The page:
The transformation of the Beecher Terrace housing project is under way in Louisville’s Russell neighborhood. Many residents have already moved from the 758 residential units, and once they’re gone, Beecher Terrace will be demolished, and by 2023, construction is to be completed for 640 mixed-income housing units, along with retail and other improvements.
That all sounds promising, but it takes a lot of meetings, conversations and explaining to make residents feel comfortable with that level of change. And one individual who is doing a lot of that reassuring is Jackie Floyd, a neighborhood liaison for the Center for Neighborhoods and a lifelong Russell resident.
“My job was to go out and develop relationships with the people in the community so they can be engaged in the meetings and know about what’s happening, what’s going on in their community, so they can have a say,” said Floyd.
She spent a year working full-time for Vision Russell, the organization charged with creating “a collaborative effort to create and implement a dynamic and transformative plan for the Russell neighborhood.” Then in 2017, she moved in her current role with the nonprofit Center for Neighborhoods, with responsibilities ranging across several West End neighborhoods.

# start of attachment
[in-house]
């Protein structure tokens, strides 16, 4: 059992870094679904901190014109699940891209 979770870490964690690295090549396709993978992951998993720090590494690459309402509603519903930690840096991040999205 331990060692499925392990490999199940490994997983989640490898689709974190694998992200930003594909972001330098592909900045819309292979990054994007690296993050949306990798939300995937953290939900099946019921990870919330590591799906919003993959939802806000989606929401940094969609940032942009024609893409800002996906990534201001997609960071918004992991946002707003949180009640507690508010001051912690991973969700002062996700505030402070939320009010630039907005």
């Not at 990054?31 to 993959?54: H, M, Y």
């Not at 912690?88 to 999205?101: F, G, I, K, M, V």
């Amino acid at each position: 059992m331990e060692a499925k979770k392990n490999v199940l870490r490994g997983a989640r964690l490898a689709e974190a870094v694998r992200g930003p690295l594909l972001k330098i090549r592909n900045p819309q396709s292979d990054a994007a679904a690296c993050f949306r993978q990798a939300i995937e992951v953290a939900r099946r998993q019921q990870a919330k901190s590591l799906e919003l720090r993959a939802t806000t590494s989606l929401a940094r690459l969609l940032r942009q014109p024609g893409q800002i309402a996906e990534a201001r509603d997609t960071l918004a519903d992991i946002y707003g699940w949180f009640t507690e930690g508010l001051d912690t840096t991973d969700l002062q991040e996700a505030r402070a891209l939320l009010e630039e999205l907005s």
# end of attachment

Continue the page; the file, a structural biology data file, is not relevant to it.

But Floyd says her work hasn’t changed much – at 65, she’s happy to be working her full-time job, then spending many evenings at community meetings, talking about the positive effects that the $29 million Choice Neighborhoods Implementation Grant will have for revitalizing the Russell neighborhood.
“Nobody should decide what goes on in your community without your input,” she said. “My approach was to tell people it was our responsibility to be involved in the process. I think that when you’ve lived somewhere a long time, there’s sadness and excitement, and some are scared to move on.”
As a constant presence at those neighborhood meetings, Floyd has gained a reputation as a community leader who motivates others to speak out.
“I don’t empower them – what I help them do is discover their own power and how to use it,” she said. “We all have that power, and sometimes we don’t know we have that power. We’re hesitant to use it. I like working with people and saying, ‘You have it, let’s use it. How are you going to own your power?’ ”
Floyd said she’s happy to be working to improve the neighborhood where she was born and raised. She attended Brandeis Elementary, Parkland Middle and Male High, then moved on to Jefferson Community College and Sullivan University. She spent much of her career working at non-profits, including 14 years at the Home of the Innocents, while raising five children. When her husband passed away in 2013, she found renewed energy for her work.
“I’m excited about the next 5-10 years, because it’s an opportunity,” she said. “We can have the coffee shops and restaurants. I won’t have to go outside my community to get what I need. I can get it right here in my own community.”